The Storm was the Geo-ized American-market version of the 1990-1993 Isuzu Gemini Coupe, and the GSi version was cheaper and more powerful than most of its sport-compact competition of the era. Most of them seemed to come in bright yellow paint, and most of them were crushed before they hit their tenth birthday. Still, some of them survived as long as any Civic Si or Sentra SE-R.
Here’s one that I found in a Denver-area self-service yard last year. (Read More…)
The Geo Metro, a Suzuki Cultus imported by GM, came after the Chevrolet Sprint version of the Cultus but before GM axed the Geo brand and started selling Chevrolet Metros, which sold in respectable numbers during its 1989-1997 run.
There was a convertible version of the Metro, which allowed thin-walleted drivers to enjoy open-air driving without having to take a Sawzall to a 20-year-old Corolla, and I’ve found one of the few remaining ones at a San Francisco Bay Area self-service yard. (Read More…)
The alarms clocks ring. Both of them. Just in case I get any funny ideas.
I go through the semi-conscious motions. Clothes… suitcase… glasses… coffee… breakfast. By 4:15 a.m, I’m out the door and driving to the airport in a 21-year-old Geo Prizm. I figured that a 5-speed and a stark lack of noise insulation will keep me alert. Thanks to Atlanta’s penchant for using steel plates to cover up every possible pothole on the road, I am not disappointed.
Know what that triangle is for? (photo courtesy: www.drive.net)
TTAC Commentator LordMurdoc writes:
I’m finally ready to lose my BORING 2002 Geo Prizm.
Checking eBay for older Lexus LS or a Mercedes C-class(about 2004-2006) . If I went with the Merc with the gasoline V6, what type of Gremlins might I expect to attack me when my wallet is most vulnerable? The Prizm is turning my brain to mush and my right foot is in despair!
A heretofore unknown publication dubbed Gadget Review published a video outlining “How to Charge BMW’s i3 Electric Car in a Desert (or Any Where)” using a Honda generator. I’m sure that somebody somewhere thought that this would be a great concept for “shareable” content (including the part where the host attempts to run the generator inside the vehicle). The actual idea didn’t yield a ton of juice for the i3’s battery, but the idea of using generators to assist EV charging isn’t entirely unknown.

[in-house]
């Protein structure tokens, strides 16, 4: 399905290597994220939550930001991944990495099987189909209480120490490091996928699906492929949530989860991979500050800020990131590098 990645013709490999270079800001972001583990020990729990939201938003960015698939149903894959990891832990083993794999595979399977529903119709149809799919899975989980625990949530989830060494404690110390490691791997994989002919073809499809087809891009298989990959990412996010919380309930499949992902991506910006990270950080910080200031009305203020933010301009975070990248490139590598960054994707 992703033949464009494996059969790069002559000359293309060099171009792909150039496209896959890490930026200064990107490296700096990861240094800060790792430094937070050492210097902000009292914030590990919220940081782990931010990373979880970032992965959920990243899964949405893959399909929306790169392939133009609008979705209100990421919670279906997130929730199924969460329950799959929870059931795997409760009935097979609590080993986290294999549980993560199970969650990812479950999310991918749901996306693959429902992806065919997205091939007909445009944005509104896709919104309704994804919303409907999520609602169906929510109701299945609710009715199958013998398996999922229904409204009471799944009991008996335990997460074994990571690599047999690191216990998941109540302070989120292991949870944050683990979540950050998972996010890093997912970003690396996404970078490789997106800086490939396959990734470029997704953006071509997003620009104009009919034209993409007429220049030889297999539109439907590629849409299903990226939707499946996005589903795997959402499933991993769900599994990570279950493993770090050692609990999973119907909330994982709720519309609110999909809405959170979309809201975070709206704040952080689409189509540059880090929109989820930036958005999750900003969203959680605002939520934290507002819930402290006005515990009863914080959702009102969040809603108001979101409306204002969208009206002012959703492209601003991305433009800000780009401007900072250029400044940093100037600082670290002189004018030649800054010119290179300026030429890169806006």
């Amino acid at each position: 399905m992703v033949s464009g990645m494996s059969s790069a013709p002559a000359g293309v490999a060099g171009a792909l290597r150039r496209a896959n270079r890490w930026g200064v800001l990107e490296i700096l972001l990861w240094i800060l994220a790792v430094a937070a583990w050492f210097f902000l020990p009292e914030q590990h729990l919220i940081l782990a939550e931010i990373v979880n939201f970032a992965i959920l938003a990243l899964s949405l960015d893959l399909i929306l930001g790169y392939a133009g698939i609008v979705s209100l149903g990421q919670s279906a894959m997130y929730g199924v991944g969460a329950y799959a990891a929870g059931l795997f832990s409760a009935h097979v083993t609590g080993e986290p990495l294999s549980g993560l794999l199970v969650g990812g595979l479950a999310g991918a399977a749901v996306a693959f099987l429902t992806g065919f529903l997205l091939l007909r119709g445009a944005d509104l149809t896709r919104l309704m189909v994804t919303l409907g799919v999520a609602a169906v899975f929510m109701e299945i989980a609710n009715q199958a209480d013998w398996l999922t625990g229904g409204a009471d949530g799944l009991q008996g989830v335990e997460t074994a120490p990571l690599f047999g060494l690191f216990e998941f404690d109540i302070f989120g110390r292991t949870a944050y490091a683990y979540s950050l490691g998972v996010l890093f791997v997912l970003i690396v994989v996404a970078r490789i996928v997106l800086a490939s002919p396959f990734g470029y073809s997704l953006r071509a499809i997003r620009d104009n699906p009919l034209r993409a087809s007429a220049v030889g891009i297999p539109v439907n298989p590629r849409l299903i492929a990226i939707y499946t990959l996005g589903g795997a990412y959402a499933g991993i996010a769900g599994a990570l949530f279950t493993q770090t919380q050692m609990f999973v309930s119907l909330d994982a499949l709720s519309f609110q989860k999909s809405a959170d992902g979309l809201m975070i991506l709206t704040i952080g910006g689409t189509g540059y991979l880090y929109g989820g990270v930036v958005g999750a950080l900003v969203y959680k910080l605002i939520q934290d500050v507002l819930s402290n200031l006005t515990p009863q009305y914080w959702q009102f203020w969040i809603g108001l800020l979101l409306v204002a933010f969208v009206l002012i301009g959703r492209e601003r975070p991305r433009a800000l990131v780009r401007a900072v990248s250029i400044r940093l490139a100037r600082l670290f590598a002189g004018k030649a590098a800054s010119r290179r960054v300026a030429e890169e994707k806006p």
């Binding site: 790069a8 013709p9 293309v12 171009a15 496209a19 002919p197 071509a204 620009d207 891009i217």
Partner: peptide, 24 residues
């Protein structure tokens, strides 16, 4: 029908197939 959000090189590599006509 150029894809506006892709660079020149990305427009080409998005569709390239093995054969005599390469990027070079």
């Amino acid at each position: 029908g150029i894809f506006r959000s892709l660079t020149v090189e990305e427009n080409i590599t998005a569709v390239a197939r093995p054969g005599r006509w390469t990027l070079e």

The Storm, a rebadged second-gen Isuzu Impulse sold by GM’s short-lived Geo division, was with us for just the 1990 through 1993 model years and didn’t leave much of an impression. I see the occasional Storm in wrecking yards these days, but it takes a factory-hot-rod GSi version to get me to reach for my camera. We saw this ’90 Storm GSi in a Colorado yard a couple years back, and now I’ve found another in Northern California. (Read More…)
I’m trying to wring a few more years out of my 1994 Geo Prizm, and recently the engine got louder. It’s a very low end bass like sound that makes the whole car vibrate a lot more.
The muffler and resonator are relatively new, and the noise seems localized to the front of the car. What’s odd is that the engine is the loudest when it’s idle. As soon as the RPMs go above 1500, the engine is only a little louder than it normally would be. How do I find out if the problem is the exhaust manifold, or the downpipe from the manifold to the catalytic converter? Over the summer there was a brief time when coolant was leaking and dripping down onto that downpipe and burning off. That leak issue was addressed, but that downpipe has some rusty sections on it anyway.
I stumbled upon your Lemons Z34-fiero article. My brothers both had LQ1 Cutlasses and whoever designed that engine was a sadist. They both blew the headgaskets and were impossible to work on. FYI: we run the SHO-swapped, mid-engine Geo Metro in the 24 Hours of LeMons. I had some good battles against that LQ1 Fiero, some captured on my helmet cam. (Read More…)
Descent into the Columbia river gorge on I 90 during summer
A few miles East of Ellensburg, WA, on the long winding descent into the Columbia river gorge, the little car, too small to run smoothly in both sets of the deep ruts that the semi trucks had worn into the pavement of Interstate 90, rolled from groove it had been following on the left side of the lane and dropped abruptly into the groove on the right. The lateral movement of the car within the lane was not great, maybe a foot or two, and I accounted for the motion with a simple counter of the steering wheel as I speed steadily along through the dark winter night.